Monday, May 3, 2010

There’s a First for Everything

Saturday was my oldest son’s First Holy Eucharist mass at church.  For my non-Catholic readers, the First Holy Eucharist is when Catholics get communion for the first time (not sure how you guys do it in your particular sect), kids receive it when they are in second grade or older.  For my non-Christian readers, in Christian religions, our god asks us to eat his flesh and drink his blood in a weekly ritual ala Bram Stoker. 

Our god’s son, who is also our god, not another god, the father god and the son god are the same god, he just talks about himself sometimes as the father and sometimes as the son, and sometimes he talks to himself as the father or as the son (not really sure how that all works, but we take it on faith that this is the way it works.  There is also third part to the god and he goes by the name Holy Ghost or Holy Spirit, and he shows up when the god wants to appear to people and tell them to kill someone or get them pregnant).  Anyway, the father part sent his son part down to Earth and was letting his son part get tortured and killed to make a point about sin and forgiveness, and the night before the son part was about to die, he had a meal with his followers.  At the dinner, he pretended that a piece a bread was his body and the wine was his blood and had his followers eat and drink it.  The next day he was nailed to a cross and died.  Three days later, the son pulled a Romero-esque comeback and rose from the dead.  So every Sunday, we go and celebrate this, and today was the first time my 7 YO got to do it.

We got up early and prepared.  My 7 YO got a new suit for the occasion and my 5 YO wanted to be part of the action so he put on a sports coat.  After getting dressed, my 5 YO said to his brother, “Wow, that suit makes you look 8.”

We had to slick his hair back with a lot of gel and then layered on some hairspray just to keep it in place.  It lasted for almost four hours before it busted out into an unruly mop.

(I am the tall dorky one on the right)

We went for lunch at the Mountain Branch Grill and Pub.  They served some of the best fried calamari I had ever eaten (the best I have ever had and possibly the best meal ever was at Roy’s) and an amazing blackened ahi tuna sandwich.  We got to sit outside and enjoy the wonderful weather and watch the golfers on the practice green.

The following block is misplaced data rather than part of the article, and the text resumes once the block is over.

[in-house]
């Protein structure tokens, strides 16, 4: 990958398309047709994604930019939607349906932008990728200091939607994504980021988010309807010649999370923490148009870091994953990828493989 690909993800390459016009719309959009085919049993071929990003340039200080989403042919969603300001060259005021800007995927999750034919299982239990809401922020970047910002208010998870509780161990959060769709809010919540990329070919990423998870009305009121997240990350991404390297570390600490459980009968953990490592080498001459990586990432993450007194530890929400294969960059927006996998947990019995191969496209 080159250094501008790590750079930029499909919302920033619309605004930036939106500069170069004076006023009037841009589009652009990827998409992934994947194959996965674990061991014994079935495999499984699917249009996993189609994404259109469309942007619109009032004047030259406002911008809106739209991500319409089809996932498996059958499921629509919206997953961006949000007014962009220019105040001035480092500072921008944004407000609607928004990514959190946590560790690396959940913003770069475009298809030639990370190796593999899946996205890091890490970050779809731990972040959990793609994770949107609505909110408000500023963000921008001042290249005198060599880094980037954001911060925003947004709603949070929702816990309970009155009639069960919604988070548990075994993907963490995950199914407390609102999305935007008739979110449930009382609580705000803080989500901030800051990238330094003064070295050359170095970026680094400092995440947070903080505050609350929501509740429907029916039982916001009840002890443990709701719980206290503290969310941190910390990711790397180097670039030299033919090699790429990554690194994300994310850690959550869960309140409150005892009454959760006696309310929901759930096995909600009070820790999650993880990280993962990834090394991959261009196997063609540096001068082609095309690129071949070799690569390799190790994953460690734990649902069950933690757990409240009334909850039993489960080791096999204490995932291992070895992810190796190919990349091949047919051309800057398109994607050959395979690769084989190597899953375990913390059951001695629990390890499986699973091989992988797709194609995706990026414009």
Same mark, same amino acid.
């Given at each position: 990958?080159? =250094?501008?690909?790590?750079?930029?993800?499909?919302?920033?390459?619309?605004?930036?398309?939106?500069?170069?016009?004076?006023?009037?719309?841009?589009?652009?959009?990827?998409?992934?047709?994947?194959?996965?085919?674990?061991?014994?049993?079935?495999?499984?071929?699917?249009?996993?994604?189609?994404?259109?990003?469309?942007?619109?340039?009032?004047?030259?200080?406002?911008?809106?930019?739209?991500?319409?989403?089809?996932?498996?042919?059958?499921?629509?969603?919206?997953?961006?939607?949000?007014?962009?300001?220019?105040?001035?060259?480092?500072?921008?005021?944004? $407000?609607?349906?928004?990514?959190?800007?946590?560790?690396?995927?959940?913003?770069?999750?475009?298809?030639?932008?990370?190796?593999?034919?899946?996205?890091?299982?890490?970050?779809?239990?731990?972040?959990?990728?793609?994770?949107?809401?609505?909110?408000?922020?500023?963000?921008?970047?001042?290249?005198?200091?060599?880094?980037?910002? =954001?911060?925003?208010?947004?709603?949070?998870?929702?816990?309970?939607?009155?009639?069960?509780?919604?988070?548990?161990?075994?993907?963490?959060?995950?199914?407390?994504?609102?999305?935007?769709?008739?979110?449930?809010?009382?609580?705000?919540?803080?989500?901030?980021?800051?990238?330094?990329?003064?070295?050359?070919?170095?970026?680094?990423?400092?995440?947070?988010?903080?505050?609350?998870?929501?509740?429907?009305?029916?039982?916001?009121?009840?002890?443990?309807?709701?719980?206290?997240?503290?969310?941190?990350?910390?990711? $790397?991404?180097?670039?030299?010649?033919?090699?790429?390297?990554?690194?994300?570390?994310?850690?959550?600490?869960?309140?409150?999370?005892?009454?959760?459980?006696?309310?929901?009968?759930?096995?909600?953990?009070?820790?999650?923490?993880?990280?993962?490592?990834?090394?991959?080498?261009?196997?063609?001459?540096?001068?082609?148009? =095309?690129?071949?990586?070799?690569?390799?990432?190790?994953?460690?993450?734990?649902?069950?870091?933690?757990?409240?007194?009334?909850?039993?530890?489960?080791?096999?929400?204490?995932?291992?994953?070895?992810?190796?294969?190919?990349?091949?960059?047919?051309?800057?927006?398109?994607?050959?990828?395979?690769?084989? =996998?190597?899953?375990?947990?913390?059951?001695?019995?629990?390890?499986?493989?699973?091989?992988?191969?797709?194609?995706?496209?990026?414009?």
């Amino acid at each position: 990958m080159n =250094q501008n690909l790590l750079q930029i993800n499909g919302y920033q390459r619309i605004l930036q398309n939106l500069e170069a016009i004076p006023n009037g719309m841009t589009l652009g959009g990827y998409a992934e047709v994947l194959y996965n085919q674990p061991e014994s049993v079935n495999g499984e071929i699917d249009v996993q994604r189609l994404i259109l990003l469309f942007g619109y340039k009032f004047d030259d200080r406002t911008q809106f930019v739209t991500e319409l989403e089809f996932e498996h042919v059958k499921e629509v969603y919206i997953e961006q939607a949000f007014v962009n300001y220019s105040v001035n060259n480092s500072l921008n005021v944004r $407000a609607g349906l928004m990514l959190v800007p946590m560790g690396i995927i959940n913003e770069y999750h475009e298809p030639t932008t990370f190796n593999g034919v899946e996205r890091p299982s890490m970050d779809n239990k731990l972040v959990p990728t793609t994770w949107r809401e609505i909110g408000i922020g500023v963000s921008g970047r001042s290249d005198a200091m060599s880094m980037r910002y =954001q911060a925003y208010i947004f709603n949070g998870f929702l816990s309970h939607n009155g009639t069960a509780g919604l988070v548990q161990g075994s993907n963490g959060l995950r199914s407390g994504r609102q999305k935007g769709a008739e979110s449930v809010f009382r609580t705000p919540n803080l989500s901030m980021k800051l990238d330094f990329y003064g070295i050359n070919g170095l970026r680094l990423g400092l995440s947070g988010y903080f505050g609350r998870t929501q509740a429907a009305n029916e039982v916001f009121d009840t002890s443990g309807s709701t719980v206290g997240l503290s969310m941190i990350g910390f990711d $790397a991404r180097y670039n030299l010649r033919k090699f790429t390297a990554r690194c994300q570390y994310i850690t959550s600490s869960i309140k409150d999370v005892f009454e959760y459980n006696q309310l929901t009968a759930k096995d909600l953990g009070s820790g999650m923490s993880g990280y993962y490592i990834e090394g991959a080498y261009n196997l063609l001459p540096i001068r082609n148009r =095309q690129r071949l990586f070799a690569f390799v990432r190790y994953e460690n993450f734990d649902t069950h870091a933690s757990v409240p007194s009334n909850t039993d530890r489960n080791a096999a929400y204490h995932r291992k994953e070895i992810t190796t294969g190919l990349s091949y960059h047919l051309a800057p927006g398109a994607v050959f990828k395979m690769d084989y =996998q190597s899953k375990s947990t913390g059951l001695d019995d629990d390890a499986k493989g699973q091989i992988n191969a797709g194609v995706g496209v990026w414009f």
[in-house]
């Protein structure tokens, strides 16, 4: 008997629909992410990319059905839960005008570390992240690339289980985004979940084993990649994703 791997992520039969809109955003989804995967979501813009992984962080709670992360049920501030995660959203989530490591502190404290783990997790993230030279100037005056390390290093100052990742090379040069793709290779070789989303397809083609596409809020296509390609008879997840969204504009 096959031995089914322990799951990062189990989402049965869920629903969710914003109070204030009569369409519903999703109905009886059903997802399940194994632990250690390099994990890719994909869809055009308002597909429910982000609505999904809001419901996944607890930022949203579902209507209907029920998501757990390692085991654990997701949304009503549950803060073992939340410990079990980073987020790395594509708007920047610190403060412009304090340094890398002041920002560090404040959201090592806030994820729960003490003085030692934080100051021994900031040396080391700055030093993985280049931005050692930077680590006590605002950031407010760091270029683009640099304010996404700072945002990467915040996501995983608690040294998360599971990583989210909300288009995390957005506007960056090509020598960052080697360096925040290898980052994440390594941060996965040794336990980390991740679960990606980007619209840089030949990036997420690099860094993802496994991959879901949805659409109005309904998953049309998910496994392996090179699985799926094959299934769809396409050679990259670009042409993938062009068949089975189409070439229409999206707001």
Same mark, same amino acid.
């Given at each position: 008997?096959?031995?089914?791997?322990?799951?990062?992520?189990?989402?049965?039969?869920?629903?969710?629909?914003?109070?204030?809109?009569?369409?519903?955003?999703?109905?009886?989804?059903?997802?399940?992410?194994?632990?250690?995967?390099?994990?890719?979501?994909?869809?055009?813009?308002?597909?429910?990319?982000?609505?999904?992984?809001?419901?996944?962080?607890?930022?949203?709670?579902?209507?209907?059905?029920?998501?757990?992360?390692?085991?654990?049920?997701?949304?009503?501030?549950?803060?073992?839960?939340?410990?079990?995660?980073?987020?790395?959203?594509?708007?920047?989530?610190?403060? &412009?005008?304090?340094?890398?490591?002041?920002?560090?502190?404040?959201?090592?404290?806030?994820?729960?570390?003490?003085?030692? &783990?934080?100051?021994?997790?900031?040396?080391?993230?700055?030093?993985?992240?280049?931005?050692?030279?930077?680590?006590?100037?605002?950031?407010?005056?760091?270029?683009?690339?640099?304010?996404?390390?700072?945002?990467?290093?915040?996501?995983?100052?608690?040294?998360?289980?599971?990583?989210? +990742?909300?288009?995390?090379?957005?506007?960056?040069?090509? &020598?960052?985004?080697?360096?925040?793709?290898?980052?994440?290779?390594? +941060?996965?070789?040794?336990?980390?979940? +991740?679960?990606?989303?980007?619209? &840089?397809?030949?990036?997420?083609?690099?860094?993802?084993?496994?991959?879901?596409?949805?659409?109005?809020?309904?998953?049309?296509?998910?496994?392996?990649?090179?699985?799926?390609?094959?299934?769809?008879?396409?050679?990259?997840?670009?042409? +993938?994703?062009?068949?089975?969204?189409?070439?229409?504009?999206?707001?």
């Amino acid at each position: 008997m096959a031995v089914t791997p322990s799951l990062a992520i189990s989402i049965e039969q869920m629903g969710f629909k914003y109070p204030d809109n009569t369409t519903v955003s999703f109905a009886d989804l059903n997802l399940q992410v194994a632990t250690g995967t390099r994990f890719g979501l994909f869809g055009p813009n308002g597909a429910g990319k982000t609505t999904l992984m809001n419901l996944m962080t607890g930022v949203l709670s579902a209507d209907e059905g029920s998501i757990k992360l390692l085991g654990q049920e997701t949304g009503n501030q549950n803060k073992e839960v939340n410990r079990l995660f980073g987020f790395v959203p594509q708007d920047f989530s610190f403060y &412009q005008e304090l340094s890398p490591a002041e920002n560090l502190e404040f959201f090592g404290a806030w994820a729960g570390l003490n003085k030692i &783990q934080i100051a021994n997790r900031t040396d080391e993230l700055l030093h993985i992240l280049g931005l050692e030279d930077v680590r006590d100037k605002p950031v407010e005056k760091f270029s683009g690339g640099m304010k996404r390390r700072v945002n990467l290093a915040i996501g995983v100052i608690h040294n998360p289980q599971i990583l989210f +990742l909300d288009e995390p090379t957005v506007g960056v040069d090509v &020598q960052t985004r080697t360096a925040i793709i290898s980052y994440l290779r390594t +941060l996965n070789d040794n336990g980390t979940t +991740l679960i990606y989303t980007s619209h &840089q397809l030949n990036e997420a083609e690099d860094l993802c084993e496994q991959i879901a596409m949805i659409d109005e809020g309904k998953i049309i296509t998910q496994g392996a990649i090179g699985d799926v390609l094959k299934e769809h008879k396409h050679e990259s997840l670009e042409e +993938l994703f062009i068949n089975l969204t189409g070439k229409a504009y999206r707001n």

We discussed the interesting fact that even though we celebrated mass that morning, we were still obligated to attend later that day or on Sunday.  I had never heard this before and I was not about to head back to church this weekend, according to my Cathlometer (that’s the little needle in my head that measures my current afterlife outcome and wavers between “Playing a Harp” and “Roasting with a Pitchfork”, I am sure after writing this post, roasting will probably be my only option), I was holy enough for the week, but according to church law, we did not fulfill our weekly obligation.  My argument to this is that it must be 5 o’clock somewhere in the world (in fact, it was around 5 PM in Rome (GMT + 2) when we were at mass (GMT – 4)), I figured if it works for having a beer, it should work for communion.  The consensus we reached was since they didn’t pass a collection plate, it doesn’t count as mass.

We also discussed what happens if you should throw up the host (the bread aka the body of god) at some point after communion.  One idea was that you have to have a priest dispose of the emesis properly (bury it in sacred ground, burn it, etc.).  Again, I have never heard this before, so I did a little research.  The only clear reference I could find was here and here.  So if you have to blow chunks, make sure you catch it in something you can hold on to until the priest gets there.  Luckily, everyone held on to their communion and their lunches.

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